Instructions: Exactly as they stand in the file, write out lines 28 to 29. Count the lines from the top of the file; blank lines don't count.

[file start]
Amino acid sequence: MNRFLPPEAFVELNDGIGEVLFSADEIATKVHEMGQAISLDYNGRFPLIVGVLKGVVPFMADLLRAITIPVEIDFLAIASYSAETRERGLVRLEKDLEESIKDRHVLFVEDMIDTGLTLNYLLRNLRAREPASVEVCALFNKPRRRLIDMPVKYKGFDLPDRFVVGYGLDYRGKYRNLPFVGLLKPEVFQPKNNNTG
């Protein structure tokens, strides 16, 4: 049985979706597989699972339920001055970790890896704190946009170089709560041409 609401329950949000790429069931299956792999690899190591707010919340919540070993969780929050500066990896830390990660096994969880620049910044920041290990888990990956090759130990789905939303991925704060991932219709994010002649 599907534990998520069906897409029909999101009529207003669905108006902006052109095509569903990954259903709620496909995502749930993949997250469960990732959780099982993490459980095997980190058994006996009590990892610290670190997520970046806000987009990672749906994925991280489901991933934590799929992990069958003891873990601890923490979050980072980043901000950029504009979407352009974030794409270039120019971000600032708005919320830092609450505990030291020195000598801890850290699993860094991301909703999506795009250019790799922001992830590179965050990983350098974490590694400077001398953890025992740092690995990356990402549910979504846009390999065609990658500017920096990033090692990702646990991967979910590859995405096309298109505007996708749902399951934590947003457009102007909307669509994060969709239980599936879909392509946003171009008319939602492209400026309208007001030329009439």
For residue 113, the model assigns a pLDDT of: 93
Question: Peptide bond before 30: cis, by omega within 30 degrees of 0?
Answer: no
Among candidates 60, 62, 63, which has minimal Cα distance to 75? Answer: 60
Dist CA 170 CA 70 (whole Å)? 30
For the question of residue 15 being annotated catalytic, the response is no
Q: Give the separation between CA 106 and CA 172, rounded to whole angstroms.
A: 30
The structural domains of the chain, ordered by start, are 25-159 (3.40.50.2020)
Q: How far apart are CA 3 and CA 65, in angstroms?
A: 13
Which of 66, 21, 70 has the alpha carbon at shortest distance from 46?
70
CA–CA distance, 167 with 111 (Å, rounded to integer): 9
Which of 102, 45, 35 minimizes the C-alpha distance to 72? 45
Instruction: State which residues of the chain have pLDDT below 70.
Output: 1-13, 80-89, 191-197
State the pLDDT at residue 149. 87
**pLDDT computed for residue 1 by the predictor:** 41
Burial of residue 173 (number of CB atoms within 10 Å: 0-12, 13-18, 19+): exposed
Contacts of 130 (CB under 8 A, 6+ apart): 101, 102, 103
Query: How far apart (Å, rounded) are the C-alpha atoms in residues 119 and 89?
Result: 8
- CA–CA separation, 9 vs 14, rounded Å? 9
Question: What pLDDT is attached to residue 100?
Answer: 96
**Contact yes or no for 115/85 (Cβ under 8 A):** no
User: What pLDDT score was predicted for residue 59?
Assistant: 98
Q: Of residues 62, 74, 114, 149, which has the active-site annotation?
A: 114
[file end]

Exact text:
Answer: 96
**Contact yes or no for 115/85 (Cβ under 8 A):** no